How It Works
Google Drive is a cloud storage service. That means you keep files there instead of (or in addition to) keeping them on your hard drive. That means you can access them from any device, as long as you’re logged in to your Google account. It also means you have way more storage space than you would on your hard drive or USB stick, and you don’t have to worry about those things’ physical vulnerabilities. Remember when you used to email stuff to yourself so you would have it elsewhere? It’s like that, but better.
Google Drive is organized much like you’re used to from other systems. Files can be contained in folders, which can be contained in other folders. Any of these can be moved or renamed or deleted. When you delete them, they go to a Trash folder, and from there they can be permanently deleted.
But when we talk about Google Drive, we aren’t just talking about storage: we’re also talking about all the related services like Docs and Sheets. Most are similar to parts of the Microsoft Office suite such as Word and Excel, but just like the aforementioned files, they are based online instead of on your computer. They can even use and create the same file types such as .doc and .xls. Others, like the super useful Forms, don’t have obvious analogues in Windows and instead take advantage of their unique setting.
Finally, the best part is that Drive is not solely individual: Drive can help you share files with anyone instantly, and it can help you work on files with anyone collaboratively. Hit the Share button to send a doc to someone, or lots of someones, and then you can both work on it. Or some can work, others can comment, and others can view. It wasn’t made specifically for schools, but it might has well have been.
How It Breaks
It usually doesn’t, so this section and the next will mostly deal with tips and tricks.
Every once in a while you’ll get an error with Google’s servers, which as you can imagine will clear up quickly. More likely, if you’re getting an error connecting, it’s the wifi — Google services don’t like it when the connection is unreliable — or it’s the filter. If you’re at school and you see “The app is currently unreachable,” it could be a lot of things in theory, but in practice, it’s the filter.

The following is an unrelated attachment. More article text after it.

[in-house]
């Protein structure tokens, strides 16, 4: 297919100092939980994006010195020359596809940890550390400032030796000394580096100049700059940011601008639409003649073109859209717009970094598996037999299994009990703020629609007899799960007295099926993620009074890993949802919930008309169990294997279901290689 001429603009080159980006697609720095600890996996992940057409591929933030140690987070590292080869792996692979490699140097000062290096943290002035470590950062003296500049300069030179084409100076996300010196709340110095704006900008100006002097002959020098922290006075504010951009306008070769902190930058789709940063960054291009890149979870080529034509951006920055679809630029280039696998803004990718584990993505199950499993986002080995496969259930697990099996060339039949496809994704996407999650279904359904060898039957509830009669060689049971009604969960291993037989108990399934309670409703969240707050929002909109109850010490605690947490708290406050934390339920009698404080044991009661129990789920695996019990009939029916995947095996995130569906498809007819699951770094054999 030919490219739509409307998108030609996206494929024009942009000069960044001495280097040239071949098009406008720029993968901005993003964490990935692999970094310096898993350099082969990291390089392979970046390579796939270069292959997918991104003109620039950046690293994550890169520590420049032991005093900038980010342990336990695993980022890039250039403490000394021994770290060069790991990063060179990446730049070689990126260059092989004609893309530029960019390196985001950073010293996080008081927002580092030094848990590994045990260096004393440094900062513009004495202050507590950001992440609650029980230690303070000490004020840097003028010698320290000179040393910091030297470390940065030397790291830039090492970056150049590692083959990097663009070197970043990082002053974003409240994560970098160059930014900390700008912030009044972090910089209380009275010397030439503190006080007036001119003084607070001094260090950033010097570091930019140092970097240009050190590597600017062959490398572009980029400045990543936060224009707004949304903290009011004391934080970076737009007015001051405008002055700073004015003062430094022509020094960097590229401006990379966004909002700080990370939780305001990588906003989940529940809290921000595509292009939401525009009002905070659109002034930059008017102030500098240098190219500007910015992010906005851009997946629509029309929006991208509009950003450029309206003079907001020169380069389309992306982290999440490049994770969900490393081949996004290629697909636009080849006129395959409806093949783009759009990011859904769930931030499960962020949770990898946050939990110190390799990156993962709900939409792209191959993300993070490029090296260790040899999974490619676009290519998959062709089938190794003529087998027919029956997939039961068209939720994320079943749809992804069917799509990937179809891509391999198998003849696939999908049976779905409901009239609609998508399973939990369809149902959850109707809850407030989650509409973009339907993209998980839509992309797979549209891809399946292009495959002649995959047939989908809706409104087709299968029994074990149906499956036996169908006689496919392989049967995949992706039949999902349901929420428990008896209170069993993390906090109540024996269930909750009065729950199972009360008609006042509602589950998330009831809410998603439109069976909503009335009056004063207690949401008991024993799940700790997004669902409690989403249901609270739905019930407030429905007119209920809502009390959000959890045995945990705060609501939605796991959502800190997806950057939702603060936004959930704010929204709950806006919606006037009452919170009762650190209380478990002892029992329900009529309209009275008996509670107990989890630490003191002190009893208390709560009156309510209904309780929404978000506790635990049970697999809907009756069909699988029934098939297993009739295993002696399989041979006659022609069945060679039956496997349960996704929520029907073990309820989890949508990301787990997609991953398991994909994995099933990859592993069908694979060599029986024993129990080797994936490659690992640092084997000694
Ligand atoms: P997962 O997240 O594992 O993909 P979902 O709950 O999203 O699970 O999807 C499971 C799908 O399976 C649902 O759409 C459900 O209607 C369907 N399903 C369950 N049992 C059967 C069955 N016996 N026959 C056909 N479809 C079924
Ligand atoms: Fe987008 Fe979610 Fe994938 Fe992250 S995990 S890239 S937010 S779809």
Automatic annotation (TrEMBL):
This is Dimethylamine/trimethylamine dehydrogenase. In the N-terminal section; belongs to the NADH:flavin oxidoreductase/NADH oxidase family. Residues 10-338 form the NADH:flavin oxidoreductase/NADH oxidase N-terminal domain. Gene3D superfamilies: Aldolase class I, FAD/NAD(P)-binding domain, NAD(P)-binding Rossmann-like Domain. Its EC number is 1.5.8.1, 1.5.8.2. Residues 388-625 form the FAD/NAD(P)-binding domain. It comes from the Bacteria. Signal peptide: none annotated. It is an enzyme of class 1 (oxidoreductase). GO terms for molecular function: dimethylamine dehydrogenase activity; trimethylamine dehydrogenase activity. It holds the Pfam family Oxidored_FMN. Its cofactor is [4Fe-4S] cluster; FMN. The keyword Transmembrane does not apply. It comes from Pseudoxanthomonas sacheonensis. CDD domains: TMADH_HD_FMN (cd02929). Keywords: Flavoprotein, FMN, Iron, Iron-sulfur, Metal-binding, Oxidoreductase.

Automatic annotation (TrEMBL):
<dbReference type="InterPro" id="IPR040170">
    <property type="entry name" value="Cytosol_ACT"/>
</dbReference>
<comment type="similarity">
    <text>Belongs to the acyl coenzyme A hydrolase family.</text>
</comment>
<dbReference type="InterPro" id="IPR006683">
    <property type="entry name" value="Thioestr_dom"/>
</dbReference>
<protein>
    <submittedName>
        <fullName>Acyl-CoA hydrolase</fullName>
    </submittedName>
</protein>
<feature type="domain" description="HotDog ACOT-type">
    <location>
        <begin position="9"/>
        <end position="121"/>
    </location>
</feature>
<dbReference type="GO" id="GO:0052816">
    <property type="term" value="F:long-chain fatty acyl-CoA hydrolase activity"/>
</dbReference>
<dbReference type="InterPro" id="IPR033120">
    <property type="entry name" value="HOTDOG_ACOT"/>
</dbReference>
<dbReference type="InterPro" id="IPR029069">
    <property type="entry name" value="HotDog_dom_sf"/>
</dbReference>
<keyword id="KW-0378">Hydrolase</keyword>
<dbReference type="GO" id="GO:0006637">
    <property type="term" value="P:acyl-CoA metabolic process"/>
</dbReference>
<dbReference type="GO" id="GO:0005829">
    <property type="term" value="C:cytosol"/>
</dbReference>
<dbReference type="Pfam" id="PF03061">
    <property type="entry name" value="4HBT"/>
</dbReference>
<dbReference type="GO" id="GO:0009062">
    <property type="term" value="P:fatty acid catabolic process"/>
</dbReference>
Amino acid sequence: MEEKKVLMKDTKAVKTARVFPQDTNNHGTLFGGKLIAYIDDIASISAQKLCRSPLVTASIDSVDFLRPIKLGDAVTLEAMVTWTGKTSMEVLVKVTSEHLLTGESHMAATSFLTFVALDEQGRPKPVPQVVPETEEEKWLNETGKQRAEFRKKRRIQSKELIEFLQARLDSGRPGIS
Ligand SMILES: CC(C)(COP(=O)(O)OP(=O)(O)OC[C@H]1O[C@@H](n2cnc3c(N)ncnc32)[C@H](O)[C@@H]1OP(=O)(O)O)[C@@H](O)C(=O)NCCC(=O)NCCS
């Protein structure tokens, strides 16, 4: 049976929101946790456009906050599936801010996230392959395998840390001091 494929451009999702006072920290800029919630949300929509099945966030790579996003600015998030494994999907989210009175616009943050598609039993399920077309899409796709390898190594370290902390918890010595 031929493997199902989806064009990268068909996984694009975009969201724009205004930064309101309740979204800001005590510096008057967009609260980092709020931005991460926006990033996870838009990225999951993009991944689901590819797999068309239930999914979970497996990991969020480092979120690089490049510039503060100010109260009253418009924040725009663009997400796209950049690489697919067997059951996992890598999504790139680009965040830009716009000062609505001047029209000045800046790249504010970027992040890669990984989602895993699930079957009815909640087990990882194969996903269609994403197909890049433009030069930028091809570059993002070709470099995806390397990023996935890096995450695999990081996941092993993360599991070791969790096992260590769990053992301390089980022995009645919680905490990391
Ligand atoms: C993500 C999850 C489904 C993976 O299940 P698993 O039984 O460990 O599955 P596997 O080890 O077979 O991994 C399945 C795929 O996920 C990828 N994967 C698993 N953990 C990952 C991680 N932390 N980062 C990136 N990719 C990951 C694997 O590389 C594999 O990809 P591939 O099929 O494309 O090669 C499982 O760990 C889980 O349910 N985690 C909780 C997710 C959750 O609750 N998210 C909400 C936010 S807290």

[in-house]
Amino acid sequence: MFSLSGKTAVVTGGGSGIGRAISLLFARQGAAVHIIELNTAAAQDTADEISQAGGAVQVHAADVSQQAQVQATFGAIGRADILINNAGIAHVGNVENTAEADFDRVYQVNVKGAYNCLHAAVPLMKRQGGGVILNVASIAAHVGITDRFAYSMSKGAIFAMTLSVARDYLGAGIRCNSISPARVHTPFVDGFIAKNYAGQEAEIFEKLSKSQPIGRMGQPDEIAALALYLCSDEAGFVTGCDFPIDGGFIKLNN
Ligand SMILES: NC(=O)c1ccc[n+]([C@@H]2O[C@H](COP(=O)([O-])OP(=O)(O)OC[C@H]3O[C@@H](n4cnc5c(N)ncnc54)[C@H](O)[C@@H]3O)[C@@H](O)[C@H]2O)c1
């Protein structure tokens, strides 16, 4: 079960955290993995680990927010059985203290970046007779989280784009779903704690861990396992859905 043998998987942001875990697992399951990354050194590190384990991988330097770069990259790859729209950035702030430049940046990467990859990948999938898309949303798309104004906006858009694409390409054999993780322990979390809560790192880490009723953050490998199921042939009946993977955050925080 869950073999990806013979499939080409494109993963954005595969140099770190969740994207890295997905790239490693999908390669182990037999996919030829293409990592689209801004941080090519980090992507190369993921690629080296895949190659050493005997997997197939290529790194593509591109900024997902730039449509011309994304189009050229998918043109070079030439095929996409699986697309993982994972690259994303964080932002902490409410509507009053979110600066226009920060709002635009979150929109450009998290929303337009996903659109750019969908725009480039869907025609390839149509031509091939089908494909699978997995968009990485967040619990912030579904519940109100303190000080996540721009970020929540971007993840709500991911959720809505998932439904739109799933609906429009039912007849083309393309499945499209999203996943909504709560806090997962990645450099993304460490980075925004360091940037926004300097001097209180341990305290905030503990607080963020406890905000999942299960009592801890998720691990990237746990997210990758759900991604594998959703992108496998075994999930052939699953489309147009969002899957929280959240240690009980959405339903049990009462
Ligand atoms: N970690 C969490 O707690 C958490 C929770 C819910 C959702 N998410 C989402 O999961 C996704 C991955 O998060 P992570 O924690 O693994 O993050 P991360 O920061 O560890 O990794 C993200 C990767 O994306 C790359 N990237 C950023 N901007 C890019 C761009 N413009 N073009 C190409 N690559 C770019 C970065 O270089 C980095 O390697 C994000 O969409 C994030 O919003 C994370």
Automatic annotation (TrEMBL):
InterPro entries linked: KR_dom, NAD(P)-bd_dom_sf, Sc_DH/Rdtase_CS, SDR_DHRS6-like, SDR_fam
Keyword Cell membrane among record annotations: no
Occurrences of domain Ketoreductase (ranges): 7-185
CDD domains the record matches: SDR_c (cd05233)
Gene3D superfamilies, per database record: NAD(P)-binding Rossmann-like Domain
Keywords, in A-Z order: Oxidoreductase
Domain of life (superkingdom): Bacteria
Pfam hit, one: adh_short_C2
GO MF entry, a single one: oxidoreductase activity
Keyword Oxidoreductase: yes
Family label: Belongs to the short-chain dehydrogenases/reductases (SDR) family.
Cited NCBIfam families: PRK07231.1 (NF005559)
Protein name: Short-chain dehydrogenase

You may have no internet connection at all. In that case, you can do a lot in what Drive calls “Offline Mode.” It will wait until the next time it gets a connection and then immediately reconcile your changes with the cloud.
You may have a file but be unable to find it. You may think you deleted it, but that’s unlikely. Almost every time, it’s something to do with organization or naming. See below, and see one of the many tutorials online.
You may have a device but need an app. Google makes great apps (Drive, Docs, Sheets) for Android devices, and okay ones for iOS devices.
How to Fix It
If you get “This webpage is not available” or “The app is currently unreachable” at school, log in to the filter: go to lsaccess.me/login and log in as you (assuming this is your account on your computer) then go back to Drive and refresh the page — and hold shift while you click on refresh. If a student gets the error on her Chromebook or a computer lab computer, go to lsaccess.me/login and have her log in.
If you get “The app is currently unreachable” at home, check your connection. If you’re sure it’s good, (if you can go to other, non-Google sites) then go back to Drive and refresh the page — and hold shift while you click on refresh. If you get “This webpage is not available,” check your connection a little more thoroughly.
If you need help finding a file in the short term, use the search bar at the top. Type a few key words from the title of a file — or even from the contents, if it’s a Google Doc/Sheet/etc. You can also add search terms like “from:” and the email or “type:” and the filetype.
If you need help finding files in the long term, work on your organizing and your naming. Use stars, use colors, get rid of unused folders, and convert Word docs to Google.
Remember, Google Drive works with your Google contacts, so if you have a group, you can share a doc with a group. If you have people in your contacts, you can type names instead of emails.
Remember, Google Drive is the basis for Google Classroom, so if you have a well stocked, well organized Drive, you will have a better experience with Classroom. If you have a well organized Classroom, you’ll have a better Drive. And so on. It’s a virtuous cycle.
If you need help with Docs or Forms, stay tuned for future pages on this site.